(Originally published on 10.5.2015)
Have you noticed how I linger now when we embrace?
How I press my face into your blouse and inhale,
fight the urge to take a chunk of your flesh between my teeth,
let it dissolve on my tongue?
Because you are where I
You are what I
should be, and
We is how it
When I leave,
[perhaps you notice this, too]
I don’t look back—
I set my jaw, pocket my fists, and march,
eyes always forward.
Is that what you do, too?
By Nicole Spangler
You told me you loved poetry. Stilted and sharp, staccato across the page. I obliged, corners and pages spilling over my shirt sleeves until I couldn’t tell where they ended and I began. I’d approach you later with a sore tongue, trying to smash your love into my obsession like they belonged together. In September you left for Grad school and I tried to give you poems that reminded me of you. There was a brief flicker in your eyes the moment I handed it to you, and it was there I realized you never liked poetry to begin with.
Nicole writes because she has too many thoughts and too much free time.
Shall I compare thee to a summer’s day?
By Saturn Guo
on cold summer nights,
only by moonlight
and saccharine sentiment.
but she whispers,
“(I write) to put fire in my veins, feel its warmth burn brightly until I implode.” – the poet
By Arinda duPont
Pull the reins a little on my heart strings.
Wind my love song back into key.
A little strain is not a bad thing.
A loose cord won’t play the melody.
“I write for the same reason people smoke cigarettes. It’s not because it’s healthy. It might be because I think it looks cool. Mostly it’s because it’s cathartic, like exhaling with full lungs.” – the writer
By Lisa Deng
In our case one of us is holding in a fart with his penis in his hands and the other is flashing herself in the mirror, checking for rot. “Do my eyelids look dry to you?”
“Then you’re not paying attention,” she says as she slaps on creams and butters.
With open eyes, we kiss good night and she asks me to get on top of her with my whole weight and lie perfectly still. A rasp escapes from below.
“Are we connecting?”
I hold her eyeballs until she is sure.
“I write to goof around.” – the writer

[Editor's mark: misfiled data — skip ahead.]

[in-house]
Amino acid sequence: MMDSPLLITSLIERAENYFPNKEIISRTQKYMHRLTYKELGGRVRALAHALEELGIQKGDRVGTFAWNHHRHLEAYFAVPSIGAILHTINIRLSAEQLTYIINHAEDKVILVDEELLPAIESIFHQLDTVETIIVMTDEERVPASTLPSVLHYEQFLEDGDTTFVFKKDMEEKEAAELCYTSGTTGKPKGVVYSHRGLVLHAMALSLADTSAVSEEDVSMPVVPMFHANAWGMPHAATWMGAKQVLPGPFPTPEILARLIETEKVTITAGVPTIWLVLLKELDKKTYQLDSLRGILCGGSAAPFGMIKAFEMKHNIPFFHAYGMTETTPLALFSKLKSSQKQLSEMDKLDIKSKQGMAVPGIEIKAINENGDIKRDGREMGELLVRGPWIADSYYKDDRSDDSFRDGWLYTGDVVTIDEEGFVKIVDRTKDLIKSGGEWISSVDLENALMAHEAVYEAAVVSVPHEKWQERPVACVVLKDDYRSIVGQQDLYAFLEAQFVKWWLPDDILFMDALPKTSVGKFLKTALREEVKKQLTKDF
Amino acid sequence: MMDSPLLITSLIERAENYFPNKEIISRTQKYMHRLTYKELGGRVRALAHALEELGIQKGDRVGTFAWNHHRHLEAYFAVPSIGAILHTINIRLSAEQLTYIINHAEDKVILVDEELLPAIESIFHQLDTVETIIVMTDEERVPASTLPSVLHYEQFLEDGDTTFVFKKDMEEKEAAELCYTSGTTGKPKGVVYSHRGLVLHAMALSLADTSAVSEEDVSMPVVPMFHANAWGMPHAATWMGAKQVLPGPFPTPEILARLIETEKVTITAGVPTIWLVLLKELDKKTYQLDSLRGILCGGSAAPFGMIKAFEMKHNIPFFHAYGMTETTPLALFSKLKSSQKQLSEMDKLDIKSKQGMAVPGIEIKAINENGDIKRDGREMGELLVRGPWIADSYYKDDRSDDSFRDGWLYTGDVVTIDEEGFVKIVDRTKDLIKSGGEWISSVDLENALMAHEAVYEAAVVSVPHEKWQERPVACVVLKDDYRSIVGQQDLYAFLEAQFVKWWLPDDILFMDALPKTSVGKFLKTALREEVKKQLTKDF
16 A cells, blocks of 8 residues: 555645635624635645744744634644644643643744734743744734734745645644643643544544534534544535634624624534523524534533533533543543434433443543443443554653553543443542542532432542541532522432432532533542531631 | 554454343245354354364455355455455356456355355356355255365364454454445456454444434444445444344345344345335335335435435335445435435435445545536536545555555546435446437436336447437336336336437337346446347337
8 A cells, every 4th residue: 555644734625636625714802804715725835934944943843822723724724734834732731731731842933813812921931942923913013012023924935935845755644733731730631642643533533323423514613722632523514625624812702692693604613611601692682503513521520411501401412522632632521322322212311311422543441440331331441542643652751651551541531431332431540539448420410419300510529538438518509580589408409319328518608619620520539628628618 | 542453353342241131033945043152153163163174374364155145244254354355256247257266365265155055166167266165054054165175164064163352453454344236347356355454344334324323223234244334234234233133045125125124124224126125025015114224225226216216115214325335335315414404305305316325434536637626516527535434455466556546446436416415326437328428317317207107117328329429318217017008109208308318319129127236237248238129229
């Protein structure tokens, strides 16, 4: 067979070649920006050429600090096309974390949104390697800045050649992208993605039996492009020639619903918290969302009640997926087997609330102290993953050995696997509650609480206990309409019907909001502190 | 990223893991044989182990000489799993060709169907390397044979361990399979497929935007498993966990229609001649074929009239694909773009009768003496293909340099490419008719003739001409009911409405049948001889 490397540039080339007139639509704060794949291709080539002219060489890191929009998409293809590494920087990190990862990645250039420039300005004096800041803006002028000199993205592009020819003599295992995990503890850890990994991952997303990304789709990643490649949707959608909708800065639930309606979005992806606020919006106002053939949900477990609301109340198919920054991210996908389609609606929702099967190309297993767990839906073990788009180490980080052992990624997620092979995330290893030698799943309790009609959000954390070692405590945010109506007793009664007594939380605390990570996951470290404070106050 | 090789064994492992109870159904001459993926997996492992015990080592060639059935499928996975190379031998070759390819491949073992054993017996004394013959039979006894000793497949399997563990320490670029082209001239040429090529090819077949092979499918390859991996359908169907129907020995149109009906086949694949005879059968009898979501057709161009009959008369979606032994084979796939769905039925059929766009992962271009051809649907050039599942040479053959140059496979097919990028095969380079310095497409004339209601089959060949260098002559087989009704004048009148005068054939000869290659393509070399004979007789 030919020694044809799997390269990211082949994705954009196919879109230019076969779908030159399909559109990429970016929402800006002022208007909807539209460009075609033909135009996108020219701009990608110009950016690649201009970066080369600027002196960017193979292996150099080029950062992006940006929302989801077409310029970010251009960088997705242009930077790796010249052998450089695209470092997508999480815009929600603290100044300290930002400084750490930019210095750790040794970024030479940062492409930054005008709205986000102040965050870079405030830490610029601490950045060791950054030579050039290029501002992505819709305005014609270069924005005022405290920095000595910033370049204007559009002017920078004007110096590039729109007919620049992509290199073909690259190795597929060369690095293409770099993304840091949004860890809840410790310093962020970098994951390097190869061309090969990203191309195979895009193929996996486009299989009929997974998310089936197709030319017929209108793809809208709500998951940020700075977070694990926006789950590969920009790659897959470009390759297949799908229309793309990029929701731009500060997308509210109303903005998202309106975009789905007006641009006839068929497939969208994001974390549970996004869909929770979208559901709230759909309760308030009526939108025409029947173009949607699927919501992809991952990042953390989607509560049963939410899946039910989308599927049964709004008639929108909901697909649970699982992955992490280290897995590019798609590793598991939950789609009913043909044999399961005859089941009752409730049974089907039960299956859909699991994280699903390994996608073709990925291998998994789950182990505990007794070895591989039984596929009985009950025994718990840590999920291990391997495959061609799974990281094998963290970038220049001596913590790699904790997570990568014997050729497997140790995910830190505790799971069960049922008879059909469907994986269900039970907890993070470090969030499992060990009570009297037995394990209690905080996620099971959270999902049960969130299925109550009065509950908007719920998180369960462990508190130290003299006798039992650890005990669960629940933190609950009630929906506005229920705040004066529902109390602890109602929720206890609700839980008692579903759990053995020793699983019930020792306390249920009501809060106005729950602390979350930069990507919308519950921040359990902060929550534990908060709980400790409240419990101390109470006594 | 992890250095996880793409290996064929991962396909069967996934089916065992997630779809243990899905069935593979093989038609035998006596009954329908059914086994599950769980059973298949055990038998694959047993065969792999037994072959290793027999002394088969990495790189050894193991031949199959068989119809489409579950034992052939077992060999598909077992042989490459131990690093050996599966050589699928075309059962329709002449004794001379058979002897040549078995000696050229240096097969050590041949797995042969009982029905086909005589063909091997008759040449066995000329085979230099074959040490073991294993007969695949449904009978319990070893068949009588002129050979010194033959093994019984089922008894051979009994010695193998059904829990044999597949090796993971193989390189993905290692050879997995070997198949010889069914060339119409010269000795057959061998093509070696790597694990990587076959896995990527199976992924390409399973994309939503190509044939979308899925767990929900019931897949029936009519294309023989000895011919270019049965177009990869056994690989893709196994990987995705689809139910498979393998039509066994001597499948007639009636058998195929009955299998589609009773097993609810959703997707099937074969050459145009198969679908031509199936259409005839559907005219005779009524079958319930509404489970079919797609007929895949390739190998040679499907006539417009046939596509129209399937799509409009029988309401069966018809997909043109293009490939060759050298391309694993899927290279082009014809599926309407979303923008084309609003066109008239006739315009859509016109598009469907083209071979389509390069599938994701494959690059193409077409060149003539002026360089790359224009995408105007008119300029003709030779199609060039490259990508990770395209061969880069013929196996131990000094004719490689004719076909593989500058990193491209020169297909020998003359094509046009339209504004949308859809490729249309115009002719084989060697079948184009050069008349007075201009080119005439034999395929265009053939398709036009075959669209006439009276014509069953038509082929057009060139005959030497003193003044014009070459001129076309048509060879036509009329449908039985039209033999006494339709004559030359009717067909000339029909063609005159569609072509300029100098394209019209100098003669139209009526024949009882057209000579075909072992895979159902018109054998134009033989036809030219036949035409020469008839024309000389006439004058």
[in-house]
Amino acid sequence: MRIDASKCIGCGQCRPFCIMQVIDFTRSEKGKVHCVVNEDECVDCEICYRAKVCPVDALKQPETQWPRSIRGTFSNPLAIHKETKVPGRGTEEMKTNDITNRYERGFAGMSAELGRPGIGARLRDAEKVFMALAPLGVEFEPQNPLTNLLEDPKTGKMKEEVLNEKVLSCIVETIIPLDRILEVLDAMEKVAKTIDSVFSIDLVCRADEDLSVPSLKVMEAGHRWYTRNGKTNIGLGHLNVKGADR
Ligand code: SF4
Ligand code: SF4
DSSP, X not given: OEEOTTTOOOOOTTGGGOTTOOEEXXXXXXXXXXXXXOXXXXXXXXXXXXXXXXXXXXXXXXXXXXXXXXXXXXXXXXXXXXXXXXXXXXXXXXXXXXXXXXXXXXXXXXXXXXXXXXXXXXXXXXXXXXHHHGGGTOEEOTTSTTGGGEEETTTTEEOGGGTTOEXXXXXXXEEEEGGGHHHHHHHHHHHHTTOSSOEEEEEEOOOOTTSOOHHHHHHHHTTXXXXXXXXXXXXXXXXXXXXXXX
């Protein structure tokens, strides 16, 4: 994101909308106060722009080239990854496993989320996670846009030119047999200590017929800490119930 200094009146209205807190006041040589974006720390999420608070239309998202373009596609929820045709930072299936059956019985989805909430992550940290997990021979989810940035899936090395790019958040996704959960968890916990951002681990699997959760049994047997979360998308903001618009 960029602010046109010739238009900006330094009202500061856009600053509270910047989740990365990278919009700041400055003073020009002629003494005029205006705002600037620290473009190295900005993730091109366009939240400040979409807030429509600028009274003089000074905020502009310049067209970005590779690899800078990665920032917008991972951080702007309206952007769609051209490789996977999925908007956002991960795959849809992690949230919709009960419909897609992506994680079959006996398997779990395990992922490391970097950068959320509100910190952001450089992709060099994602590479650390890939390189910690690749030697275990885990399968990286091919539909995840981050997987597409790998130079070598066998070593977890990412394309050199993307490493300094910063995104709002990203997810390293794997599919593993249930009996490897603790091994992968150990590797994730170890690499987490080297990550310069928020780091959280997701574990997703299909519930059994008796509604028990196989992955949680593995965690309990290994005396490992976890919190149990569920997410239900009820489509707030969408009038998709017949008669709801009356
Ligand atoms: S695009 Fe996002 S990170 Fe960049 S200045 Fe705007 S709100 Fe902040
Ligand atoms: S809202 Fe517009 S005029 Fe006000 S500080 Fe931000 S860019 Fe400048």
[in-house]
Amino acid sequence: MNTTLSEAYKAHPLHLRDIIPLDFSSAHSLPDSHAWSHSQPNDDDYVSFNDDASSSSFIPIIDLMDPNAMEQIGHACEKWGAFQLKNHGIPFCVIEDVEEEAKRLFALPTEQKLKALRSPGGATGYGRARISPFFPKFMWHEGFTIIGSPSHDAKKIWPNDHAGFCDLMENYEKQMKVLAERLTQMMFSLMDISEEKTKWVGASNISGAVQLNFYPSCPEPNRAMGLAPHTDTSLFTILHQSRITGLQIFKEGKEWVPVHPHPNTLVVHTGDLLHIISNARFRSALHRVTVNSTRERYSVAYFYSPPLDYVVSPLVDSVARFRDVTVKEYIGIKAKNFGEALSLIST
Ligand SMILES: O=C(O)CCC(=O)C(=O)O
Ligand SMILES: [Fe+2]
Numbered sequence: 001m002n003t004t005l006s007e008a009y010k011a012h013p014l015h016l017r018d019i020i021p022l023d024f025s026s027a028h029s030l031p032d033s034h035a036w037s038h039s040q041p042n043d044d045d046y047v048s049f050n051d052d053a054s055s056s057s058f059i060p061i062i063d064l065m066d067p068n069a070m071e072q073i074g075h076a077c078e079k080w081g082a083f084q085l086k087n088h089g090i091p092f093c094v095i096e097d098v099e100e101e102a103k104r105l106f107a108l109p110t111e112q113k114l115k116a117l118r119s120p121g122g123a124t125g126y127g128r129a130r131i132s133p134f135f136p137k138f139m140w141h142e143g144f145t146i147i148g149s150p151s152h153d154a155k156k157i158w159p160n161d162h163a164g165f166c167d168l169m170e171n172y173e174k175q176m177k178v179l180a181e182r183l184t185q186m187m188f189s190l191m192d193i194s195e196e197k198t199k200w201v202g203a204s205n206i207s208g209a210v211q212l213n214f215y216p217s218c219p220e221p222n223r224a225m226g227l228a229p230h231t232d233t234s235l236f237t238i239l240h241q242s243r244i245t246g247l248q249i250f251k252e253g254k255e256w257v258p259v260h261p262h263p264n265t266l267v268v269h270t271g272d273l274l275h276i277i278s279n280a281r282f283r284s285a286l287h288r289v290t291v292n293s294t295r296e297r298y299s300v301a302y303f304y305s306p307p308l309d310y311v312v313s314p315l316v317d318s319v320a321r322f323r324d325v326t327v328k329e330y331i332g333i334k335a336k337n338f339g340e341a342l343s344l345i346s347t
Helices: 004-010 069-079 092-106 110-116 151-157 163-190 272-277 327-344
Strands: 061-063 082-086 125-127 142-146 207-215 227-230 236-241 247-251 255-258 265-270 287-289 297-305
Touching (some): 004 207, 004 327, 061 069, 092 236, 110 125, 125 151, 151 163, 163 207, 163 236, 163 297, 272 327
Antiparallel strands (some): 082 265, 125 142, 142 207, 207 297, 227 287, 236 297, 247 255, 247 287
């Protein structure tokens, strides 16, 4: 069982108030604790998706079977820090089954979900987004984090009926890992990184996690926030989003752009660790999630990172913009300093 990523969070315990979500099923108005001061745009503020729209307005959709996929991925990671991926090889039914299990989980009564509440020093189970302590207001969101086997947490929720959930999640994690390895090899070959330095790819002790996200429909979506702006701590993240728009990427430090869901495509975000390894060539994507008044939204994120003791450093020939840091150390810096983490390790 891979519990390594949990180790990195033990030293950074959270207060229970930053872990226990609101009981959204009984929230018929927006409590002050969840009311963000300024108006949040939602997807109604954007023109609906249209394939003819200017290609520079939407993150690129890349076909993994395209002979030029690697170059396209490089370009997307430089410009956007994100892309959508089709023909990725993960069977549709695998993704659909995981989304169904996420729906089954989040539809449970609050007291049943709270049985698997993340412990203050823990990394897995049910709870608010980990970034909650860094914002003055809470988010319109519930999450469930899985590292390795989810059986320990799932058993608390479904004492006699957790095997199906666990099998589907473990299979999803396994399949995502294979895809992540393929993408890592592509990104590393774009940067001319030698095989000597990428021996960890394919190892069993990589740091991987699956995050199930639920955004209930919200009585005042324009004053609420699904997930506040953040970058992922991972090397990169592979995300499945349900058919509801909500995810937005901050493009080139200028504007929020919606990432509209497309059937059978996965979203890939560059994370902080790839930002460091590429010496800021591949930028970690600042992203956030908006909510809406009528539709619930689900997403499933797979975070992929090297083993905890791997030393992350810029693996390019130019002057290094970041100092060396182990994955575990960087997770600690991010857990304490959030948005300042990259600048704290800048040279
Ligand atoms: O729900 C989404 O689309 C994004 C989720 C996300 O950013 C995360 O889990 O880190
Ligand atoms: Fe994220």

By Aishwariya Laxmi
You were once my fevered dream
Now, you are my migraine
It must have happened over the many nights
I lay awake staring at the eerie shadows
The fan cast on the walls of my bedroom.
I’m not altogether surprised though
You and I would have never happened
Maybe that certainty is what kept us from happening
Weird are the ways of love that never was
The angst is real though
Even if you are just a broken dream in my head
You once were the promise of something
However shadowy and weak a promise
Heartbreaks. Heart Breaks.
“I write to get the feelings out.” – the writer
By Lois Perch Villemaire
In 1893, birth records were not always accurate,
my grandfather Sam chose February 14
Why did he select it? To me, it was obvious,
Sam was the ultimate romantic.
He penned daily love notes in flowery script
to my grandmother and she saved them forever.
“Good morning my dearest sugar-plum!
I am most thankful to have you by my side
on this gorgeous morning. Who could ask for more?
I love you more each day with the greatest love!
Your lover-boy, Sammy”
Valentine’s Day? He celebrated every day.
To me, it was obvious,
Sam was the ultimate romantic.
“I write to record and remember.” – the writer
By Phillip Knight Scott
Thin wisps of moonlight spin
a web in my window like dreams crocheted
into a blanket
securing me in this place
as I think
quiet thoughts of you —
a vision weightlessly buoyed by the moon —
blazing only for me
But mostly the soft outline of anticipation
traces my thoughts
not among the stars but
the light of another day brightened by you
quickens my heartbeat —
love finds us wherever
we lay down.
Phillip Knight Scott has been writing poetry since high school as a way to explore the world, life, and love. He hopes it makes the world a little more optimistic place.
By John Grey
Your memory’s network
but the opening of your eyes
delivers its exact opposite,
no hollow in the other pillow,
just a sun
as tired, as compromised,
as you are,
by the passage of time,
its light, harsh on your face,
or creeping across
the other side of the bed,
like a lizard
through the ruins of a temple.
John Grey writes, he says, because, “it’s getting too painful not to.”